Baylor baseball’s pitching staff has not missed a beat this season. The kind of consistency and success they have had can be credited to a few starting pitchers in other instances, but the Bears have got the job done in their own way.
Senior pitcher Austin Stone suffered a minor biceps injury a couple of weeks ago.
Because of Stone’s unexpected dismissal from the lineup, Baylor head coach Steve Smith had to reconfigure his pitching rotation to cope with the inevitable — he will have to use young pitchers.
Sophomore pitcher Drew Tolson began the season as a backup mid-week starter.
With freshman pitcher Daniel Castano holding his own against non-conference opposition in the midweek games, Tolson did not see much playing time.
When Stone bowed out from his weekend duties, Castano moved up to take that slot and Tolson took Castano’s mid-week shift. Castano has hit the ground running in his first year with the team.
For Tolson though, it has been drawn-out saga that began in summer 2012, immediately after graduating from high school to break into Baylor’s starting lineup.
“It’s been a pretty long journey,” Tolson said. “I had the surgery after my senior year and spent all freshman year in the training room, so being back out on the field is a lot of fun.”
It wasn’t until spring 2013 that Tolson got back on the mound for the Bears, but it was most of those pitches were in practice squads and scrimmages.
This season, Tolson finally got in-game pitches at relief. Smith is cautious with how far he plans to push Tolson in his post-Tommy-John career.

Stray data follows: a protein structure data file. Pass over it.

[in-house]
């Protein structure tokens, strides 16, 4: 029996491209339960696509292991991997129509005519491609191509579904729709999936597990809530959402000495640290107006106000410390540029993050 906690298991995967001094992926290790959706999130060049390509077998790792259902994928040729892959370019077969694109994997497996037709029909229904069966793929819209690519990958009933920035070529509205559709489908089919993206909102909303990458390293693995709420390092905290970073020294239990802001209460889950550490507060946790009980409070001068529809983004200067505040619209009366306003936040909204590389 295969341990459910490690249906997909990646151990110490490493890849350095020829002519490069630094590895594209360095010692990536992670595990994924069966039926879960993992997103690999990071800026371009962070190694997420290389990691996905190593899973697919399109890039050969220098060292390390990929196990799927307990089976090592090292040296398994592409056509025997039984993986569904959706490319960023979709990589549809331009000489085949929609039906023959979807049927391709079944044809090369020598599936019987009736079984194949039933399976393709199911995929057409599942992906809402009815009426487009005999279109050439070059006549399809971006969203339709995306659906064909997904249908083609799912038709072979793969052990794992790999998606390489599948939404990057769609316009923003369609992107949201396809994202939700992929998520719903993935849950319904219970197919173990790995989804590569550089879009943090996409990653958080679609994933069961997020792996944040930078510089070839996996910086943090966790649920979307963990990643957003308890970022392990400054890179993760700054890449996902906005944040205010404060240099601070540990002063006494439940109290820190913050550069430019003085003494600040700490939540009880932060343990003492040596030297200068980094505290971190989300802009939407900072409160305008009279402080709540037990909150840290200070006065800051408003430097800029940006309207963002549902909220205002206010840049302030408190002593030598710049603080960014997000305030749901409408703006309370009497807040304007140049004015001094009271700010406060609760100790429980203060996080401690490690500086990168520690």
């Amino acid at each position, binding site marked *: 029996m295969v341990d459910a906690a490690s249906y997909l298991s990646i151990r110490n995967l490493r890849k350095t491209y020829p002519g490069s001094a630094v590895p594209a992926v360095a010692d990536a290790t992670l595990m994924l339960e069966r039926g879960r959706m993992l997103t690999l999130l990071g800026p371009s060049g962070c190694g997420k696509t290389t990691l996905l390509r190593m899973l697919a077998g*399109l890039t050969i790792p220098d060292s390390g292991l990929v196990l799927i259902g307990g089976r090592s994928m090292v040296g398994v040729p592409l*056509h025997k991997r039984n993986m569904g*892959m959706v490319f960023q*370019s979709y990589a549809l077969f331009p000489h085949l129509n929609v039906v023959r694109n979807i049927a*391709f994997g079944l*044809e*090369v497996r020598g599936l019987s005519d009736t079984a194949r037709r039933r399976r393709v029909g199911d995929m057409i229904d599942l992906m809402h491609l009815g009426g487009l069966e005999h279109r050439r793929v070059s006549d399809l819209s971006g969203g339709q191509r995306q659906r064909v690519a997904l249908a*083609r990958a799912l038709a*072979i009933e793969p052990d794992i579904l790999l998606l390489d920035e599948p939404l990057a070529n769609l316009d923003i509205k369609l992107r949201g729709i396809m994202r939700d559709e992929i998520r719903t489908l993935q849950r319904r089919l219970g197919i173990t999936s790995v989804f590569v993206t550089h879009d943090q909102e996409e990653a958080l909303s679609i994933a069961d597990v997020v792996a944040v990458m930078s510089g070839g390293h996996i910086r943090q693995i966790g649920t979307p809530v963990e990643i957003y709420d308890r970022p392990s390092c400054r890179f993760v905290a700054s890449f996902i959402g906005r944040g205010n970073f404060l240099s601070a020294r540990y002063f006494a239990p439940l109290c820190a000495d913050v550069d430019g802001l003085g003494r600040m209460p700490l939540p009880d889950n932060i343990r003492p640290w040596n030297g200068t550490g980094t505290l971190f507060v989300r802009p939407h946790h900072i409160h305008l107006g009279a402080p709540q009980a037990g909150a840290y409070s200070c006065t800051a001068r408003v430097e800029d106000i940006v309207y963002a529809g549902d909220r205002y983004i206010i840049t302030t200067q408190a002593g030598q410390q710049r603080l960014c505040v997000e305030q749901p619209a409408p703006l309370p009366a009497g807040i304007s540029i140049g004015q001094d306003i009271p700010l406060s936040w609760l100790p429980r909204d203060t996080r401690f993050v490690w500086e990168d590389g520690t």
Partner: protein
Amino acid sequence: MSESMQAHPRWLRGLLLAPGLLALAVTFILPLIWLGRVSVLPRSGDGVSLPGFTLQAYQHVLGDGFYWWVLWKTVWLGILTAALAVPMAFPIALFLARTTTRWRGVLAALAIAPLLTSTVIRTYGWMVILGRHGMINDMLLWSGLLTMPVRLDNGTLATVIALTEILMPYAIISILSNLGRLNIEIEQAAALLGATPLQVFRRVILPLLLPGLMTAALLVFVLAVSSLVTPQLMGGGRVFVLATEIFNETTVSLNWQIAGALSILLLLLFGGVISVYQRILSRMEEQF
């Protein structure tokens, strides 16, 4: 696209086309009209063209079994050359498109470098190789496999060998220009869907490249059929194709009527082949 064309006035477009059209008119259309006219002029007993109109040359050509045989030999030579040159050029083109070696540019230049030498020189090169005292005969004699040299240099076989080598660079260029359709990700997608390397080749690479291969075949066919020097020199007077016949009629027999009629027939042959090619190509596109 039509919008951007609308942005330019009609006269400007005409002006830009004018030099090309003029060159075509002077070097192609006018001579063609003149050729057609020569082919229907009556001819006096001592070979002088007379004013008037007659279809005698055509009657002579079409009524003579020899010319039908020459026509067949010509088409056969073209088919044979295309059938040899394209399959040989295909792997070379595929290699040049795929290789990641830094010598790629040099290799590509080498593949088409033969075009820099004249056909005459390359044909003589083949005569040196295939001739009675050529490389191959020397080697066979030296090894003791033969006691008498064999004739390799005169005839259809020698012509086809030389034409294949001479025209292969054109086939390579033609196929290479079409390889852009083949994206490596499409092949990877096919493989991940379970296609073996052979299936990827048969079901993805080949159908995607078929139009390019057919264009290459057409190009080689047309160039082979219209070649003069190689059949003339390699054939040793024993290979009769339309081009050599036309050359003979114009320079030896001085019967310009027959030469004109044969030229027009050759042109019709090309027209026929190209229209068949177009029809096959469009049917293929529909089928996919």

The road to recovery after Tommy-John surgery can be risky business. There aren’t many other types of injuries or sports-related surgeries that have the repercussions of a Tommy-John.
The closest relatable injury in sports would be a torn ACL, but even that can be much quicker recovery than a Tommy-John.
Needless to say, the amount of activity after the surgery can be a slippery slope that, if done improperly, can have detrimental, career-ending consequences. Knowing just how much you can exert on your arm can take months, even years to solidify.
The best way to find out how far you can go as a pitcher is to battle-test yourself on the mound.
“I liked what I’ve seen out of him the last couple times out,” Smith said. “He seems to get a little better the longer you leave him out. I think he’s got great command, can sink the ball, change speeds. I just think that as he gets stronger we’ll see more and more of him.”
Tuesday night, Tolson gave up some runs to Texas State after some defensive errors and sloppy play from the infield, but went on to pitch a full seven innings, and threw no hits in his last four innings.
“We got a really good outing from him,” junior outfielder Logan Brown said. “I think he pitched just about as well as he could have. It’s really good to play defense behind that presence on the mound.”
That is the most pitches and innings Tolson has tossed for the Bears thus far. It’s hard to even see him as a player rebuilding from Tommy-John surgery at this point.
With Tolson’s recent rise to the midweek spot, Smith had him throw for five innings his first time out, and in seven innings his next start.
Gradually, Tolson is giving Smith and himself a more accurate gauge on where he stands in getting back to 100 percent.
“It’s a huge confidence booster for me to extend and throw more innings,” Tolson said. “It lets me trust my stuff more and get more confidence in my arm.”
Whether or not Stone reclaims his spot in the starting lineup, Tolson’s discipline and execution when his team needed him to step up has made Baylor’s pitching staff deeper and stronger heading into the home stretch of the season.